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Prosecutors Say Keep Julian Assange Charges Sealed -- or What Charges?

By William Vogeler, Esq. on November 27, 2018 12:18 PM

Lawyering can be so contradictory.

"Not guilty," advises the criminal defense attorney for a killer caught in the act. "In the alternative," says the litigator who argues both sides.

So it's business as usual for prosecutors who won't say whether they have indicted Julian Assange. At the same time, they oppose unsealing any indictment that may have been filed against him.

Wiki/DOJ Leaks

Prosecutors in Alexandria, Virginia are fighting a request from journalists who have asked a federal judge to unseal any pending indictment against Assange. The government attorneys say a document filed in an unrelated criminal case -- which revealed a sealed indictment against the Wikileaks founder -- was an "unintentional error."

The Reporters Committee for Freedom of the Press wants Judge Leonie Brinkema to unseal the court records, "including the docket and any criminal complaint, indictment or other charging document" related to any charges against Assange. The prosecutors say the "unintentional" disclosure does not mean that any charges exist, but if they do, the lawyers want them to remain sealed.

Of course, the backstory has been leaking all over the internet. Various news organizations had earlier reported that the Department of Justice secretly filed charges against the Wikileaks founder, who is living in the Ecuadorean Embassy in London.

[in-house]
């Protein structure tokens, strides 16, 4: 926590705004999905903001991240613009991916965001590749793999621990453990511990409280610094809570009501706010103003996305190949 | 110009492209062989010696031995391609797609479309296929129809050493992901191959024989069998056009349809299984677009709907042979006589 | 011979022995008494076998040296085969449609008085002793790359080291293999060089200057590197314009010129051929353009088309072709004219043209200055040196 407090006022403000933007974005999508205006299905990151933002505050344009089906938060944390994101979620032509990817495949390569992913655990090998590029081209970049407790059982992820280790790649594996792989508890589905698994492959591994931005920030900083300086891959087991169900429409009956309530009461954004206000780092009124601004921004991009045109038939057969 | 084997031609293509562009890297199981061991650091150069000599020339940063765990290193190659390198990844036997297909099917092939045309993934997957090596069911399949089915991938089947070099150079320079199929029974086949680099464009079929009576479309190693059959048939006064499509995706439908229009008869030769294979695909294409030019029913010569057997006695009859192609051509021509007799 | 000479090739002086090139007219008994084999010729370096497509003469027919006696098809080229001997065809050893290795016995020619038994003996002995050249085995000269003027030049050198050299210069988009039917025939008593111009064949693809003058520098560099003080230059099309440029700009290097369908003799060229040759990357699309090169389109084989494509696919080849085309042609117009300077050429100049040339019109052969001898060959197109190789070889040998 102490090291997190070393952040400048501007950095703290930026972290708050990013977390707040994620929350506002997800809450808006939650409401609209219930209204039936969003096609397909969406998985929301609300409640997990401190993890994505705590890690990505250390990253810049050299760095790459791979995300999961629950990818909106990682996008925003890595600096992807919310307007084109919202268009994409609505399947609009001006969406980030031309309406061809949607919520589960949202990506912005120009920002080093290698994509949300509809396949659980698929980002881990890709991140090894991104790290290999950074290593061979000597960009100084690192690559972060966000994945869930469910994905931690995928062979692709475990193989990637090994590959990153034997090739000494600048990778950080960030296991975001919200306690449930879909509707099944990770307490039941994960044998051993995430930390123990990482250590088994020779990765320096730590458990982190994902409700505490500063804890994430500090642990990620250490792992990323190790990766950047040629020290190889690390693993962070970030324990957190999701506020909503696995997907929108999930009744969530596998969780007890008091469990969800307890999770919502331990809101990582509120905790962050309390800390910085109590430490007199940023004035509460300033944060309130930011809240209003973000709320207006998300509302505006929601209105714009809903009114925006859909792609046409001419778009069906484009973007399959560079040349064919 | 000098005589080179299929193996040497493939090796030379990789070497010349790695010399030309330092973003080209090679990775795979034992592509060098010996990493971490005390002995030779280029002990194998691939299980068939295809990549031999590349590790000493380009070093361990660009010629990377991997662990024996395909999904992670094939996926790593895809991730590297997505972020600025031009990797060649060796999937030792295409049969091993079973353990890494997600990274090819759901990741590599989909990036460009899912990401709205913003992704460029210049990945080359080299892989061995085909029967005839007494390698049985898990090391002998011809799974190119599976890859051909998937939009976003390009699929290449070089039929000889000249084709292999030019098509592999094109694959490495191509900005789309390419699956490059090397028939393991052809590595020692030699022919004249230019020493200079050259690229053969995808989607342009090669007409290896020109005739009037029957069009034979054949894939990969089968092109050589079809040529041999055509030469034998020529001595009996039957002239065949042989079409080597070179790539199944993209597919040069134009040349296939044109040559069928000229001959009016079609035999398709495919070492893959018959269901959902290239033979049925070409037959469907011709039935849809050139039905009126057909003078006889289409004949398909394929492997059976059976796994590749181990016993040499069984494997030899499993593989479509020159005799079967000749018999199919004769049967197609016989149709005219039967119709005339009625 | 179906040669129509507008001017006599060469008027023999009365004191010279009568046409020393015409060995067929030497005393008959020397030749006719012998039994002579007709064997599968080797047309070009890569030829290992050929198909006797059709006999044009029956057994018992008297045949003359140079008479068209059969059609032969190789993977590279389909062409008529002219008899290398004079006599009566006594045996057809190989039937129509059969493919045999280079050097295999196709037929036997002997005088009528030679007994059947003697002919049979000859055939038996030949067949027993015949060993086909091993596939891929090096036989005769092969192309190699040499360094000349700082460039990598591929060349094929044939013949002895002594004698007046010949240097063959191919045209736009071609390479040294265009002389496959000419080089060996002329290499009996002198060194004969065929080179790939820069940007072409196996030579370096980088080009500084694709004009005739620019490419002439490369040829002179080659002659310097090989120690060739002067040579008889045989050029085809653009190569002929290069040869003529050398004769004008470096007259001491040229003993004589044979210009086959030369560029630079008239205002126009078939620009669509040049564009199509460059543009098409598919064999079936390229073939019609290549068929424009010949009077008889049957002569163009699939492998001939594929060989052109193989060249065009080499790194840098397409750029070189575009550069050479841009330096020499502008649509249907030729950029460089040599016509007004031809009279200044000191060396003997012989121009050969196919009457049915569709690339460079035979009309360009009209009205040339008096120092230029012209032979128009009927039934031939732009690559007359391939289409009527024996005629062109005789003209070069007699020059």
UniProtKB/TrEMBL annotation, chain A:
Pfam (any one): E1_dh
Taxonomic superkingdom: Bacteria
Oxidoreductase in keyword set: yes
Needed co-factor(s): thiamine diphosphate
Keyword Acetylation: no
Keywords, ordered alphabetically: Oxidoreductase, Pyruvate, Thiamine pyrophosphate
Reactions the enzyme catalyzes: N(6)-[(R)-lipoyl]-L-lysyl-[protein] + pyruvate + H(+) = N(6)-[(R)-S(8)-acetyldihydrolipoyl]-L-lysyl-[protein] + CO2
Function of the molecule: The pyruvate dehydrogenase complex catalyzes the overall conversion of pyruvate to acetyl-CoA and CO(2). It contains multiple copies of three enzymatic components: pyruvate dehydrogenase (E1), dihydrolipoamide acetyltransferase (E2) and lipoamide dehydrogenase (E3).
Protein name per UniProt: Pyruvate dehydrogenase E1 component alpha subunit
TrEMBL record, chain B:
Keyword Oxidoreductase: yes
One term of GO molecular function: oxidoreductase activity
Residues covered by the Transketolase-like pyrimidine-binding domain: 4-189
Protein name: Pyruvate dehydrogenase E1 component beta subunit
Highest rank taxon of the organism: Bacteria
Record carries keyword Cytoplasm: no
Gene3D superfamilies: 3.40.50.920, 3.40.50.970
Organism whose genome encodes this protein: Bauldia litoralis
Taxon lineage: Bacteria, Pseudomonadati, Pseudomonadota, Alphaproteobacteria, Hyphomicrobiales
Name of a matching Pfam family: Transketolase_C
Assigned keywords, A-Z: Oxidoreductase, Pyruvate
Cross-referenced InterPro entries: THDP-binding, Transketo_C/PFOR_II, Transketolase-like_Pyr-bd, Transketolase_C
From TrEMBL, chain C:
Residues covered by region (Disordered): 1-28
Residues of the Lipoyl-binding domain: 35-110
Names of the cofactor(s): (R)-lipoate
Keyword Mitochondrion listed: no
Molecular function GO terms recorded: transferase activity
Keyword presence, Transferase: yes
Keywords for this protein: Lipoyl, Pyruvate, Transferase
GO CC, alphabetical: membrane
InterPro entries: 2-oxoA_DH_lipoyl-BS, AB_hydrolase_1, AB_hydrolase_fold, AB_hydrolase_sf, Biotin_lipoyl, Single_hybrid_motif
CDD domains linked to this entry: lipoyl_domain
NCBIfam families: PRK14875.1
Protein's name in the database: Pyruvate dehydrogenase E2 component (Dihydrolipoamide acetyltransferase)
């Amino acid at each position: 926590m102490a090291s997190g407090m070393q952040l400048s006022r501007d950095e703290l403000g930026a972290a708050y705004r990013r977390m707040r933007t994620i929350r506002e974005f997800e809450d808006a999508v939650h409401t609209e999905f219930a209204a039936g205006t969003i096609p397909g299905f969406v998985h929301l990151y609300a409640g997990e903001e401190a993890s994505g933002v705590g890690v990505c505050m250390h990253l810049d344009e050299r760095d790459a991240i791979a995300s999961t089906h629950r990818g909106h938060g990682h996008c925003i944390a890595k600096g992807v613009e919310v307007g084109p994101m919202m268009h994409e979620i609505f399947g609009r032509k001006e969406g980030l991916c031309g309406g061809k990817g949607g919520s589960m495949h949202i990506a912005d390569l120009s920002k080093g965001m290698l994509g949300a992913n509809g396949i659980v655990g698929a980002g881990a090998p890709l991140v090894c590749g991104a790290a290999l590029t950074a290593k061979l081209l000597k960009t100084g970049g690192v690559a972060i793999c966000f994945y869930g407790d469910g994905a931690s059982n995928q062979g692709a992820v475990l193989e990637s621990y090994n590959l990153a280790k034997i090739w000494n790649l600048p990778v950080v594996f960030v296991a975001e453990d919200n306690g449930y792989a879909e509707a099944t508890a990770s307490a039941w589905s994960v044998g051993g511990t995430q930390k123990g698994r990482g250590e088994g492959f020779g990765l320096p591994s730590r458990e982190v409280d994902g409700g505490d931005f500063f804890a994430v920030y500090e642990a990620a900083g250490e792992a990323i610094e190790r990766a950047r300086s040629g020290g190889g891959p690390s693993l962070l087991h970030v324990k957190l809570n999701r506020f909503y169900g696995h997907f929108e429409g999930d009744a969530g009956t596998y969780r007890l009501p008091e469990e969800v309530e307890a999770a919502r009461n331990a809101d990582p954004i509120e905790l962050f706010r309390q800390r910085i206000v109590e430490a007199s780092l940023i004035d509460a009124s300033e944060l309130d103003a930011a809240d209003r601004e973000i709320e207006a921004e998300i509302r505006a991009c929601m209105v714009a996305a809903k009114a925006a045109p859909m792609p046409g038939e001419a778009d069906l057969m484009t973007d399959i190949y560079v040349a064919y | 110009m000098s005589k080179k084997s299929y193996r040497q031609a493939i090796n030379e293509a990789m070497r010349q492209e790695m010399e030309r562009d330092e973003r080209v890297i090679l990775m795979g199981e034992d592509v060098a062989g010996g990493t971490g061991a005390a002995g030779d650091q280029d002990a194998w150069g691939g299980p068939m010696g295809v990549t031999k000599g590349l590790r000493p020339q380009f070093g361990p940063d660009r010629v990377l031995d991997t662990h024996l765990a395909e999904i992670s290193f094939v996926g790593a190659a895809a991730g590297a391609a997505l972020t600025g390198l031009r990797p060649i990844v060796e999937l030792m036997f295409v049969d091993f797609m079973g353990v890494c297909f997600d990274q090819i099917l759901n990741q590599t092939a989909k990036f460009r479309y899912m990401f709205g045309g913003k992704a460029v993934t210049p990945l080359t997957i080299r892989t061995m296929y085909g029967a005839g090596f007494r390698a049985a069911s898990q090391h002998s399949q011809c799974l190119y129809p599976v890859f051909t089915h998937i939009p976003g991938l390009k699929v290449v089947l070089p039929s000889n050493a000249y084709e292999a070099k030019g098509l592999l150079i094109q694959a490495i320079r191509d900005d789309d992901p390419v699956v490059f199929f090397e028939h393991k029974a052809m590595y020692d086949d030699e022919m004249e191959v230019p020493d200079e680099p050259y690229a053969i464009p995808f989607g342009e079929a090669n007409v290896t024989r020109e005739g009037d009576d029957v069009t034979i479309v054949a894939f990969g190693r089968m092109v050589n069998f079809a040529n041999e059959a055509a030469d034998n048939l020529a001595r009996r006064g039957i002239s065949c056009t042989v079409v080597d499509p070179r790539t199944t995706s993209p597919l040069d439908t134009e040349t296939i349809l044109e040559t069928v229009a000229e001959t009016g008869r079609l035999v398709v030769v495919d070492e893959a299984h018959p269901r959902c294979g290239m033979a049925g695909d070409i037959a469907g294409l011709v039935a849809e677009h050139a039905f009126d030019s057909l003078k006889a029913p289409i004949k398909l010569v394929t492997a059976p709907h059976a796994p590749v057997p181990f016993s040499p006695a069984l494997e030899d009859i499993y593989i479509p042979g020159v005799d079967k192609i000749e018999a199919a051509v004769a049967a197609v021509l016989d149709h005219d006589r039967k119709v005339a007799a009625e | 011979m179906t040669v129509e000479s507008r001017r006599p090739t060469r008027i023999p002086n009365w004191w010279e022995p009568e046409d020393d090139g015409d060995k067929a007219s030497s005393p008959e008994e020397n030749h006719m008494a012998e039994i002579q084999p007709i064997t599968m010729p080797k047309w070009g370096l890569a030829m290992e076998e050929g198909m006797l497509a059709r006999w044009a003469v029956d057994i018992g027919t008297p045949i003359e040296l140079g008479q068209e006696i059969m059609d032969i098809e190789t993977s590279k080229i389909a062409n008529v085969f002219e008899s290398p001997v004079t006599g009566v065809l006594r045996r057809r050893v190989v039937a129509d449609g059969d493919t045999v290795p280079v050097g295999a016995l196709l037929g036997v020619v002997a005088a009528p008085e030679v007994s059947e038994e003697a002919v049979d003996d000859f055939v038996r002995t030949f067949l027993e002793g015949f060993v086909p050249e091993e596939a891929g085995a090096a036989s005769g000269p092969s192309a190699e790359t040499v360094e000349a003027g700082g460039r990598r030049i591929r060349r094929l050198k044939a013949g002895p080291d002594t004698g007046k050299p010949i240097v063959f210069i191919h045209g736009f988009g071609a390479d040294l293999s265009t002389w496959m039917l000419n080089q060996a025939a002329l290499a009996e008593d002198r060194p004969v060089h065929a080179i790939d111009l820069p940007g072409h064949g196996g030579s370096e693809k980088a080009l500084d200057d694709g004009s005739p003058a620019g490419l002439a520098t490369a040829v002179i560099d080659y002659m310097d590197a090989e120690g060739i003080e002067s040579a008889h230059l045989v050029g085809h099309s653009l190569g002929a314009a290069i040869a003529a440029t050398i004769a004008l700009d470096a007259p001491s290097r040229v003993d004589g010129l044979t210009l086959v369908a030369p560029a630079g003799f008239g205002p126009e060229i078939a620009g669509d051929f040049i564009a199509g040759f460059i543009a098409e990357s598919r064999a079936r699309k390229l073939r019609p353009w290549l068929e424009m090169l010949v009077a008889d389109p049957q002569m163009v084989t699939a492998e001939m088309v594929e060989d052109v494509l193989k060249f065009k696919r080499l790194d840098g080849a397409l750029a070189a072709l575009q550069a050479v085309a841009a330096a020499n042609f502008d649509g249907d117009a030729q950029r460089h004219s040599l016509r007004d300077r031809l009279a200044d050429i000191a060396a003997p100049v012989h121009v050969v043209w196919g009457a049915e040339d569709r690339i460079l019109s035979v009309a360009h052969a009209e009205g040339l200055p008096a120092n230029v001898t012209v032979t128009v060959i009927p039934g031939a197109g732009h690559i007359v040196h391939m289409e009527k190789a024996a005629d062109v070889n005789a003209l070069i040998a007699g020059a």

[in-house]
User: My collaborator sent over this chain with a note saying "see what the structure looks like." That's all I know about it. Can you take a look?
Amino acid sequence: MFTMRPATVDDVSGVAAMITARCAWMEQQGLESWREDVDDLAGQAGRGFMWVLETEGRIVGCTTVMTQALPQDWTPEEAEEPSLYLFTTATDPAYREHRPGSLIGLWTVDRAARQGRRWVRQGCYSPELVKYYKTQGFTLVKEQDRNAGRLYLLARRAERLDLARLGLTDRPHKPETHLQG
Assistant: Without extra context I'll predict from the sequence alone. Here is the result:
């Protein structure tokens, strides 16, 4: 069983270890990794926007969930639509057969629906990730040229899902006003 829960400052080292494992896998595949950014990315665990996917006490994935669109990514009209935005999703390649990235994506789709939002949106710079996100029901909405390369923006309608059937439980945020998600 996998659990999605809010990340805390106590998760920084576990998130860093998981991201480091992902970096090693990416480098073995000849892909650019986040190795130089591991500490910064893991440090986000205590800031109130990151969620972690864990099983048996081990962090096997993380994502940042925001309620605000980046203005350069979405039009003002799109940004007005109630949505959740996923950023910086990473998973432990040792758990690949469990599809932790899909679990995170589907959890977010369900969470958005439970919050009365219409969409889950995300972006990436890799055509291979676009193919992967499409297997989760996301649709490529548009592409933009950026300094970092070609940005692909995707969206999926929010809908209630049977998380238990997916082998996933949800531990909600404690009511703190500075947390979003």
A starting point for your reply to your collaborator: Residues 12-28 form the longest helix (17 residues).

The New York Times said prosecutors started drafting a complaint over the summer, but they inadvertently filed it under the wrong name. In United States of America v. Kokayi, the complaint says the record should "remain sealed until Assange is arrested in connection with the charges in the criminal complaint and can therefore no longer evade or avoid arrest and extradition in this matter."

Meanwhile, Manafort

Meanwhile, Paul Manafort reportedly had secret meetings with Assange just before Manafort became Donald Trump's campaign manager.

The Guardian said Manafort -- who was later convicted of income tax and money laundering crimes -- met with the Wikileaks founder in the spring of 2016. Months later, Wikileaks released email from the Democratic National Committee that was hacked by Russians.

Special counsel Robert Mueller has indicted 12 Russian intelligence officers for the hack, and this week accused Manafort of lying to his investigators.

Manafort has denied the allegations. Or in the alternative...

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